[0006] In another aspect, the present disclosure relates to a method of cooling adjacent engine components having confronting seal channels with a slot having an open top opening into at least one of the confronting seal channels and a spline seal extending between the confronting seal channels and having a relief portion overlying at least a portion of the open top and separating a cooling air flow from a hot air flow, the method comprising flowing cooling air through the opening formed by the relief portion into the slot.

BRIEF DESCRIPTION OF THE DRAWINGS [0007] In the drawings:

[0008] FIG. 1 is a schematic, sectional view of a gas turbine engine according to aspects of the disclosure described herein.

[0009] FIG. 2 is a schematic, sectional view of a blade assembly and a nozzle assembly according to aspects of the disclosure described herein.

[0010] FIG. 3 is a side view of a first exemplary shroud assembly and a portion of a blade from FIG. 2 according to aspects of the disclosure described herein. [0011] FIG. 4 is a side view of a second exemplary shroud assembly and a portion of a blade from FIG. 2 according to aspects of the disclosure described herein.

[0012] FIG. 5 is a side view of a third exemplary shroud assembly and a portion of a blade from FIG. 2 according to aspects of the disclosure described herein.

[0013] FIG. 6 is a side view of a fourth exemplary shroud assembly and a portion of a blade from FIG. 2 according to aspects of the disclosure described herein.

[0014] FIG. 7 is a side view of a fifth exemplary shroud assembly and a portion of a blade from FIG. 2 according to aspects of the disclosure described herein.

[0015] FIG. 8 is a side view of a sixth exemplary shroud assembly and a portion of a blade from FIG. 2 according to aspects of the disclosure described herein.

[0016] FIG. 9 is a perspective view of a spline seal according to aspects of the disclosure described herein.

[0017] FIG. 10 is a perspective view of the shroud assembly of FIG. 8 and the spline seal of FIG. 9 in an exploded view.

[0018] FIG. 1 la is a perspective view of a portion of the shroud assembly of FIG. 8 according to aspects of the disclosure described herein.

[0019] FIG. l ib is a top view of the portion of the shroud assembly of FIG. l ib according to aspects of the disclosure described herein.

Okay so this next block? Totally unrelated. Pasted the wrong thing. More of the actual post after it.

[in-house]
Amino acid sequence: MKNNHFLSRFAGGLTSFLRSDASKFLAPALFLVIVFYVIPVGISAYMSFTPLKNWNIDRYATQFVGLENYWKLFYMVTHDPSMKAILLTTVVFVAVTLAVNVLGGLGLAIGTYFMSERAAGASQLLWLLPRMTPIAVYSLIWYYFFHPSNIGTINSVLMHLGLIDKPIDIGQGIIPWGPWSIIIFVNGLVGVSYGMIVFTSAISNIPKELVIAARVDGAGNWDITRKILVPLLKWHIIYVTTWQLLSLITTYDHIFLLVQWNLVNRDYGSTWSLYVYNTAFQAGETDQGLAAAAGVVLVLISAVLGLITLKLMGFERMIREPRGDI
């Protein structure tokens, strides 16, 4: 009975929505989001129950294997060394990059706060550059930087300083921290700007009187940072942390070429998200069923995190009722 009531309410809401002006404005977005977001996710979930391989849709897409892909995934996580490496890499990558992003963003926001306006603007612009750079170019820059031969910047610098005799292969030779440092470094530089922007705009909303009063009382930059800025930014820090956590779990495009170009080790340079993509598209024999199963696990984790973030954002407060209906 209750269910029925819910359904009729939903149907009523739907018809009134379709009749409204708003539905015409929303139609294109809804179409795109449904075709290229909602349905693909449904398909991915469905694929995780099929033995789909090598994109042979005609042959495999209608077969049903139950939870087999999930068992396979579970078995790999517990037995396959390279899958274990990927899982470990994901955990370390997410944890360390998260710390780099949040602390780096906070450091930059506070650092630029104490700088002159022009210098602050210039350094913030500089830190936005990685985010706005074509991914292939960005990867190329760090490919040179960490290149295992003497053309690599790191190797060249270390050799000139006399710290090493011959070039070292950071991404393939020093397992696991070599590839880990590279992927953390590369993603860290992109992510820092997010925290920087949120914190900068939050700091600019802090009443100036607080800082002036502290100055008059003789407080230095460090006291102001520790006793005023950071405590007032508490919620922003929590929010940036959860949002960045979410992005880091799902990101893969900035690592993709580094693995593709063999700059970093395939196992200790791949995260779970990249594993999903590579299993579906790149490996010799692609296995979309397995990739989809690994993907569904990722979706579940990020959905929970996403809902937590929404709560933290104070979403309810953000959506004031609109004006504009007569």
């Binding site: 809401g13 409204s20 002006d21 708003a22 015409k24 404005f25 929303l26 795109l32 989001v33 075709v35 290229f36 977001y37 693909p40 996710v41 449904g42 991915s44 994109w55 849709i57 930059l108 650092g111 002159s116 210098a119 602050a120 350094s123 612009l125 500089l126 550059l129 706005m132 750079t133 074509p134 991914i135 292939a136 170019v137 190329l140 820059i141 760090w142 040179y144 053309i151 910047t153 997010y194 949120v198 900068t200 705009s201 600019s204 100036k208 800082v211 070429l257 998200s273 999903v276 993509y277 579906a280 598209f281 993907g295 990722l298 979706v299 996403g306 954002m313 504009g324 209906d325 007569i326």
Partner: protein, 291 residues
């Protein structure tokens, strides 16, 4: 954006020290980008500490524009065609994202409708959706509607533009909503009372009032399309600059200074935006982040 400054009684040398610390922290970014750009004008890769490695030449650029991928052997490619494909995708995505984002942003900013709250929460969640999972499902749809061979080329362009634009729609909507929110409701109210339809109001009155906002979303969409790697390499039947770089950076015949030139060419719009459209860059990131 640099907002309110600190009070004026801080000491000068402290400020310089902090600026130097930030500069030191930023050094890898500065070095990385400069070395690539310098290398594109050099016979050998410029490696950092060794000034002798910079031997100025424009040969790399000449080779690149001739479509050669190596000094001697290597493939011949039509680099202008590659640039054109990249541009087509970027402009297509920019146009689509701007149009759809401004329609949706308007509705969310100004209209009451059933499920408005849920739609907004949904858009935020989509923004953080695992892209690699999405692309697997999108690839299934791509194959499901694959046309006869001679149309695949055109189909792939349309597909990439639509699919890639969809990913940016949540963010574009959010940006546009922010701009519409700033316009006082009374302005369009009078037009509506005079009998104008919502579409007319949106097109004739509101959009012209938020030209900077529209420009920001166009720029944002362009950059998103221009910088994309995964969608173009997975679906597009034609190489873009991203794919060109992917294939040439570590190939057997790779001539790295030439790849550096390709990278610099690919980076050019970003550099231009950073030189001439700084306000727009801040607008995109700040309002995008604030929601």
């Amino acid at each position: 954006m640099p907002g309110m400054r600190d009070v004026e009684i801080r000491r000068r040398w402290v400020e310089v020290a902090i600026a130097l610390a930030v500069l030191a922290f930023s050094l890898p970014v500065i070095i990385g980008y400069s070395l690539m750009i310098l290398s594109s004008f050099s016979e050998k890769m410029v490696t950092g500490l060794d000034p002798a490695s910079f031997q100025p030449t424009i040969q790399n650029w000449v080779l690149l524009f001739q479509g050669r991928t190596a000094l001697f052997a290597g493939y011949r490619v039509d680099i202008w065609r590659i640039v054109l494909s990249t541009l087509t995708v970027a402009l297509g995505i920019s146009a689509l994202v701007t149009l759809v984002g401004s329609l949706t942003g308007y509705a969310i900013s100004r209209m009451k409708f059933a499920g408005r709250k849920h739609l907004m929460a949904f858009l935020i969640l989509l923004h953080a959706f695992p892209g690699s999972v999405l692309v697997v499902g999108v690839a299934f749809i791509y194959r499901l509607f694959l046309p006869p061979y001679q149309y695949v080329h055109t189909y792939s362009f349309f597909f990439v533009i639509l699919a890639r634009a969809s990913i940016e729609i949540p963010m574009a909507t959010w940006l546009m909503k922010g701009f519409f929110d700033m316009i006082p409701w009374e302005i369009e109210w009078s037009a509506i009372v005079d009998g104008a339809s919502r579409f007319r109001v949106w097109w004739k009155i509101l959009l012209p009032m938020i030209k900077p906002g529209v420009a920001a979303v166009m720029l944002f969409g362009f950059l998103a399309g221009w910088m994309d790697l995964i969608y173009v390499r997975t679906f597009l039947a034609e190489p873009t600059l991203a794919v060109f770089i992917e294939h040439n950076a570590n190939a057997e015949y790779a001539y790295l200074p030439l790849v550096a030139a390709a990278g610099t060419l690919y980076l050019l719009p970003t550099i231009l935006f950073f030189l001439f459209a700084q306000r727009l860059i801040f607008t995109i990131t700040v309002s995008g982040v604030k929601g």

DESCRIPTION OF EMBODIMENTS OF THE INVENTION

[0020] The described embodiments of the present invention are directed to systems, methods, and other devices related to routing air flow in a turbine engine. For purposes of illustration, the present invention will be described with respect to an aircraft gas turbine engine. It will be understood, however, that the invention is not so limited and may have general applicability in non-aircraft applications, such as other mobile applications and non-mobile industrial, commercial, and residential applications. [0021] FIG. 1 is a schematic cross-sectional diagram of a gas turbine engine 10 for an aircraft. The engine 10 has a generally longitudinally extending axis or centerline 12 extending forward 14 to aft 16. The engine 10 includes, in downstream serial flow relationship, a fan section 18 including a fan 20, a compressor section 22 including a booster or low pressure (LP) compressor 24 and a high pressure (HP) compressor 26, a combustion section 28 including a combustor 30, a turbine section 32 including a HP turbine 34, and a LP turbine 36, and an exhaust section 38.

[0022] The fan section 18 includes a fan casing 40 surrounding the fan 20. The fan 20 includes a plurality of fan blades 42 disposed radially about the centerline 12. The HP compressor 26, the combustor 30, and the HP turbine 34 form a core 44 of the engine 10, which generates combustion gases. The core 44 is surrounded by core casing 46, which can be coupled with the fan casing 40.

[0023] A HP shaft or spool 48 disposed coaxially about the centerline 12 of the engine 10 drivingly connects the HP turbine 34 to the HP compressor 26. A LP shaft or spool 50, which is disposed coaxially about the centerline 12 of the engine 10 within the larger diameter annular HP spool 48, drivingly connects the LP turbine 36 to the LP compressor 24 and fan 20. The spools 48, 50 are rotatable about the engine centerline and couple to a plurality of rotatable elements, which can collectively define a rotor 51.

[0024] The LP compressor 24 and the HP compressor 26 respectively include a plurality of compressor stages 52, 54, in which a set of compressor blades 56, 58 rotate relative to a corresponding set of static compressor vanes 60, 62 (also called a nozzle) to compress or pressurize the stream of fluid passing through the stage. In a single compressor stage 52, 54, multiple compressor blades 56, 58 can be provided in a ring and can extend radially outwardly relative to the centerline 12, from a blade platform to a blade tip, while the corresponding static compressor vanes 60, 62 are positioned upstream of and adjacent to the rotating blades 56, 58. It is noted that the number of blades, vanes, and compressor stages shown in FIG. 1 were selected for illustrative purposes only, and that other numbers are possible.

[0025] The blades 56, 58 for a stage of the compressor can be mounted to a disk 61, which is mounted to the corresponding one of the HP and LP spools 48, 50, with each stage having its own disk 61. The vanes 60, 62 for a stage of the compressor can be mounted to the core casing 46 in a circumferential arrangement.